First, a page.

Moving Past The e-Cigarette Wars: A Perspective From the Tobacco Control Trenches

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There is a war going on. A war that was once contained within the tobacco control community has slowly leaked out into the public sphere. It’s over something small enough to hold in your hand but with the promise of ending generations of death and disease caused by tobacco. It’s an e-cigarette, and the research and policy debates are just beginning to heat up.

Introduced into the US from China in 2007, e-cigarettes are battery-powered devices that simulate cigarette smoking by vaporizing a liquid solution that contains nicotine, flavoring and small amounts of other ingredients. Although the exact chemical make-up of e-cigarettes is variable, a recent systematic review across studies indicates few chemicals that are of any concern with regards to health. In contrast, a cigarette contains about 600 ingredients that create more than 4,000 chemicals when burned, at least 50 of which are known to cause cancer.

It is no surprise then that e-cigarettes—which look and feel like the “real thing”—are gaining in popularity. Approximately 20% of adults have already tried e-cigarettes and, as of 2013, e-cigarettes have become a billion-dollar industry. Sales continue to grow at an exponential rate, and according to the Bloomberg Industries, may pass those of traditional cigarettes by 2047.

But if you thought that their rise would go unfettered, then you have obviously not been following the news.

In the wake of an anticipated decision by the FDA on whether or not to regulate e-cigarettes, and following consideration or implementation of regulations in cities across the country banning e-cigarette use in public places, the debate is intensifying. Tensions among scientists are high, with some arguing that e-cigarettes are the golden path to a reduction in the immense death and disability associated with tobacco, and others seeing them as a path right back to it. Organizations such as the Campaign for Tobacco Free Kids and American Lung Association are prominently asserting that e-cigarettes should be regulated, as the safety has not yet been proven, cessation claims are still unfounded and the marketing is directly targeting kids. On the other hand, tobacco and e-cigarette industries are stepping up their commitment to convince politicians and the media that e-cigarettes are the road to better health, something that regulation will only undermine. All of this is occurring, of course, under the perceptive eye of the media, with publications such as the New York Times , Fox News, Newsday and others racing to cover the debate and offer up their opinions.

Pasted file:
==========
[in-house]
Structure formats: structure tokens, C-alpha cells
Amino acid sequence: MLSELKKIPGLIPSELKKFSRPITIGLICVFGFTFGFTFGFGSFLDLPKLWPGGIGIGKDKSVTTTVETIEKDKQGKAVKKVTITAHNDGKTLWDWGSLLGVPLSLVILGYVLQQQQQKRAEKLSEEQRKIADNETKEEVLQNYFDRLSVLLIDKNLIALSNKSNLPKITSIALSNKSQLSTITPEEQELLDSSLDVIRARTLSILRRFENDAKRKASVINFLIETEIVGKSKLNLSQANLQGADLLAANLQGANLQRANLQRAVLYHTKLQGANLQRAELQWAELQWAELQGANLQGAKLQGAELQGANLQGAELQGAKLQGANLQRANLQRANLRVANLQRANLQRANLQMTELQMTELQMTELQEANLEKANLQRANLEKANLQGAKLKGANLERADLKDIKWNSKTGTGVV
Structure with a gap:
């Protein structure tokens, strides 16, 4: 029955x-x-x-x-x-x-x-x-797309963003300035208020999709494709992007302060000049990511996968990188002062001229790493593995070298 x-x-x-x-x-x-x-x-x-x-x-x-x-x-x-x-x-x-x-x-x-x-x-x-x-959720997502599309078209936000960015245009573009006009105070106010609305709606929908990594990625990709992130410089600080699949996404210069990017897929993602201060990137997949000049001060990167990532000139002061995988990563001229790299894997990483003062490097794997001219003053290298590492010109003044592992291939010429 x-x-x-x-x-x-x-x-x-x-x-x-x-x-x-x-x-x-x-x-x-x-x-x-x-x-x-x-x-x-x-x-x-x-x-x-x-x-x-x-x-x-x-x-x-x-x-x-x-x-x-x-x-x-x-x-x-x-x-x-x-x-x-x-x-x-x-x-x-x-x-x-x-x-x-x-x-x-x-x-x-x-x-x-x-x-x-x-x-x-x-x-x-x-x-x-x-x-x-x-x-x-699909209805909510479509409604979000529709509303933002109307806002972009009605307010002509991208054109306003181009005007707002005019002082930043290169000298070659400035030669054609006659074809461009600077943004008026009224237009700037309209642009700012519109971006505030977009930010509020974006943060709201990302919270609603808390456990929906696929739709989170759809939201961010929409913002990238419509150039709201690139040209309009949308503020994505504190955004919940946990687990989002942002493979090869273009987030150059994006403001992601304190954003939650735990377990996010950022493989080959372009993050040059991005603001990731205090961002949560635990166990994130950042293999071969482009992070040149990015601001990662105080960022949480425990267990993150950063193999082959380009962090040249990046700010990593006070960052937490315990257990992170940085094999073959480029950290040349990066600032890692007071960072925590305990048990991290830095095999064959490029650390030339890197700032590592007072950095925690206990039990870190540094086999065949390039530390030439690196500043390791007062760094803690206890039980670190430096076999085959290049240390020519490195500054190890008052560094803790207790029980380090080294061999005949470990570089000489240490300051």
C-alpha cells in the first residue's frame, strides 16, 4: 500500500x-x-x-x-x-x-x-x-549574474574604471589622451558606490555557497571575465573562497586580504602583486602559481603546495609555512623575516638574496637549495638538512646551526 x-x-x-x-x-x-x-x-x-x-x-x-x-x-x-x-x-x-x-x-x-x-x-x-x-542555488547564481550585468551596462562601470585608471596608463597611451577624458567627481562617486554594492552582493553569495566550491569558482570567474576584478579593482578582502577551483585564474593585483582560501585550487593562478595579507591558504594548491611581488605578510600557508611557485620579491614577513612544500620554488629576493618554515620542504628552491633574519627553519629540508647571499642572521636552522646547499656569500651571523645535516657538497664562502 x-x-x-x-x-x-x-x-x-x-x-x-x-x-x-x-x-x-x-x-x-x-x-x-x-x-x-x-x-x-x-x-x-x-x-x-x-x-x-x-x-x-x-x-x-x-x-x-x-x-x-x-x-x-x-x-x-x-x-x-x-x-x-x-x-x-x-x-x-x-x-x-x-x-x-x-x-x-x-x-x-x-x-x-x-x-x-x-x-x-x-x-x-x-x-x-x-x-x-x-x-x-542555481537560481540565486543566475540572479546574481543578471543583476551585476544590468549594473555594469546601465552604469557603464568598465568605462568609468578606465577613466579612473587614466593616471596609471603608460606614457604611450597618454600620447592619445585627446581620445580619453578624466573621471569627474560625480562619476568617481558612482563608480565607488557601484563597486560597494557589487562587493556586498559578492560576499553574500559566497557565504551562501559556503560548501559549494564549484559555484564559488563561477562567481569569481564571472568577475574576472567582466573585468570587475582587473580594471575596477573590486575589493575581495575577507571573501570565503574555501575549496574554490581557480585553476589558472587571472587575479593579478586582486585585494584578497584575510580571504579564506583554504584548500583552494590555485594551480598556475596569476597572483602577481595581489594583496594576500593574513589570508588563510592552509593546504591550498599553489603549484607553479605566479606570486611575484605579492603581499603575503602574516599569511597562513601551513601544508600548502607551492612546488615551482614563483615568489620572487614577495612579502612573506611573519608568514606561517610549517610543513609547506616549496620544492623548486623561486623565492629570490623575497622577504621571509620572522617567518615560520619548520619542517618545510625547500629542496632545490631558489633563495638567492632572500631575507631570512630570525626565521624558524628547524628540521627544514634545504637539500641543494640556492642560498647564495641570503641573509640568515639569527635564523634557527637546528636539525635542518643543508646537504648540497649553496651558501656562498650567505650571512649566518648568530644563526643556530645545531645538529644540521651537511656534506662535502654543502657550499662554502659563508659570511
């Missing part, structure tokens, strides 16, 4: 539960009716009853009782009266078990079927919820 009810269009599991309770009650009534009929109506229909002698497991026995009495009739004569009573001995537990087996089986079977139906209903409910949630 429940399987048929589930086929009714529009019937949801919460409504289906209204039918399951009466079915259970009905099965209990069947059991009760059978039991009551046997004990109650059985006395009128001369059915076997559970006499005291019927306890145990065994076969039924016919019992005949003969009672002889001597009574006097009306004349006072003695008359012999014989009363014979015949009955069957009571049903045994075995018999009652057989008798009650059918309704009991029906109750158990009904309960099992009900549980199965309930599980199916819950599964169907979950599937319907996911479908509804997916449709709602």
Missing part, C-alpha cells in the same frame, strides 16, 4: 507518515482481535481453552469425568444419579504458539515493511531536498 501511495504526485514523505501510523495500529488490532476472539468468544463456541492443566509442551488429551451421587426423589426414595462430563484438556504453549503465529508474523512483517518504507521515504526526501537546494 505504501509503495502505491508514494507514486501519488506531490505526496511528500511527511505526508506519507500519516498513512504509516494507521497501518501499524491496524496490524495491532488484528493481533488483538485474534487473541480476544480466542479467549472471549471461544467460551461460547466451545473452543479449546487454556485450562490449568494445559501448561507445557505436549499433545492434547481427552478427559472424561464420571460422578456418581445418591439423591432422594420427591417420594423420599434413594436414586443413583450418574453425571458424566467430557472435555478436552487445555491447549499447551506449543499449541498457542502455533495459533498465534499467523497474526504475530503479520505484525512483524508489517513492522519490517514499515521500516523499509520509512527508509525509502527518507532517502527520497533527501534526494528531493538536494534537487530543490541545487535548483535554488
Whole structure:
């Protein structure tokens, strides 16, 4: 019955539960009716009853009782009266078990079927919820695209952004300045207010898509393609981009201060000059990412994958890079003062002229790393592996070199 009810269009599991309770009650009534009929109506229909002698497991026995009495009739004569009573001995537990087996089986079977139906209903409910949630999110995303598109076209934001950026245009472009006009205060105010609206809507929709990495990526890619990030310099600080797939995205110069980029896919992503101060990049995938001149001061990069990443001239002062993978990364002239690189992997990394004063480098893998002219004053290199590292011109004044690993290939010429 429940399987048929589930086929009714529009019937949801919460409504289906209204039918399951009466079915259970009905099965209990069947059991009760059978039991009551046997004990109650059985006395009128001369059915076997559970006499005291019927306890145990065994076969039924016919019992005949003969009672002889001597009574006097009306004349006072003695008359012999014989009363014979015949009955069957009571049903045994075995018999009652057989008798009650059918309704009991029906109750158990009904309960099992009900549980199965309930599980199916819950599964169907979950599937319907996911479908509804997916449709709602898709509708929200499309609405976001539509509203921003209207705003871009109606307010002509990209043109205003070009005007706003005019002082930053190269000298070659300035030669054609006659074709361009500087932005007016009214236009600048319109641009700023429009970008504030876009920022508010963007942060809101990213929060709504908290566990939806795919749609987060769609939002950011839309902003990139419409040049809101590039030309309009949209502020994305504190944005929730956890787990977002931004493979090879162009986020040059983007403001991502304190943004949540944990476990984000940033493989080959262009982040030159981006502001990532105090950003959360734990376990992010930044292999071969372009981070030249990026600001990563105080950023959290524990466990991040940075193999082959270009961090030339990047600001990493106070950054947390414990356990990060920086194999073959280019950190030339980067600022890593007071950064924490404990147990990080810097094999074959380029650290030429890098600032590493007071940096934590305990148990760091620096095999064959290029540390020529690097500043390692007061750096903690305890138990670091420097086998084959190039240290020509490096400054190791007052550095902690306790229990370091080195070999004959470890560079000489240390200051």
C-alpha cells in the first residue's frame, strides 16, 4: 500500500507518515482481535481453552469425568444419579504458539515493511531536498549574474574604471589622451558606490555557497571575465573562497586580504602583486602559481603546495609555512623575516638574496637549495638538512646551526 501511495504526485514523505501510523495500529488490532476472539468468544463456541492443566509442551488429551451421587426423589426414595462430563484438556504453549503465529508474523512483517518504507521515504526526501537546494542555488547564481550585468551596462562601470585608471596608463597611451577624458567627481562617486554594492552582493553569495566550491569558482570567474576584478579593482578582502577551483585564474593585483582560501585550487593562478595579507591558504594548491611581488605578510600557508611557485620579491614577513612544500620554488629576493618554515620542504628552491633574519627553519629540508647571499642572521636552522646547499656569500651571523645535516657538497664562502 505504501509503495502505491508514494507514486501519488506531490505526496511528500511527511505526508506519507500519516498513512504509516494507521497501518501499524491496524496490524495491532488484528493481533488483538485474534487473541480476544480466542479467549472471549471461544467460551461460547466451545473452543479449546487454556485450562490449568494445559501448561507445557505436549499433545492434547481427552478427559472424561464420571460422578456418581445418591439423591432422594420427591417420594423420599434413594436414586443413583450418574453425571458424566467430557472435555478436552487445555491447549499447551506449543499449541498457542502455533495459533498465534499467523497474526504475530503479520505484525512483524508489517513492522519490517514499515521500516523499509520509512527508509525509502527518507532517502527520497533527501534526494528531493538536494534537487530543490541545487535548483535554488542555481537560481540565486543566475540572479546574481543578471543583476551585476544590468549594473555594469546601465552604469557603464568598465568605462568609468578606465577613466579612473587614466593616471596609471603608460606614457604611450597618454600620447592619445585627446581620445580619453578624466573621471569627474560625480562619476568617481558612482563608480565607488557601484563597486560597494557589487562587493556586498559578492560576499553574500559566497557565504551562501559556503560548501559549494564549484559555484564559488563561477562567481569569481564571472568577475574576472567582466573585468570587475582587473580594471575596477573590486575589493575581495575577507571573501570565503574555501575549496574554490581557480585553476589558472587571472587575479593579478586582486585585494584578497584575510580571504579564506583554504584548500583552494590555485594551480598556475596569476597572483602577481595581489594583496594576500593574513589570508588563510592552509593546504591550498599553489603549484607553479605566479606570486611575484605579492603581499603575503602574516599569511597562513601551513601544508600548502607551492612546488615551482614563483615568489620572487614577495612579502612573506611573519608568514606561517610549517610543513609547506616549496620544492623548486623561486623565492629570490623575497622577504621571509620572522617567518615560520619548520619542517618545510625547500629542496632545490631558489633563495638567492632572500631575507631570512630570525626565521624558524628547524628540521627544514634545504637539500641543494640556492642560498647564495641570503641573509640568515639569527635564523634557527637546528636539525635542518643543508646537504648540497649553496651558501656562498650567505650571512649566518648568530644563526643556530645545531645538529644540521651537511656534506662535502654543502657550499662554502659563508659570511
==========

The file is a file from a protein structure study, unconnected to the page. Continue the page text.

Consumers are not taking a back seat to this conversation; e-cigarette and quit smoking forums are ablaze with discussion on the value of e-cigarettes, potential government regulation and the divergent viewpoints of the scientific community. Almost every popular press article published on e-cigarettes is accompanied by a long and heated comment war of consumer e-cigarette advocates pitted against opponents. Even the Hollywood elite are getting in on the action, as e-cigarettes have been featured in the hands of stars like Katherine Heigl, Julia Louis-Dreyfus, Leo DiCaprio, Robert Pattinson, and most recently Kevin Spacey in House of Cards, who satisfyingly declared them as “addiction without the consequences”.

There are big stakes in this game. There is money to be made by the companies that manufacture and sell e-cigarettes, there are constituents to please, there are workers to keep employed, and there is the public’s safety to ensure. Regulation by the FDA has the potential to greatly impact how e-cigarettes are marketed, sold and used in this country. And as the media is so quick to point out, once the decision on regulation is made, someone stands to lose.

But does it really have to be this way?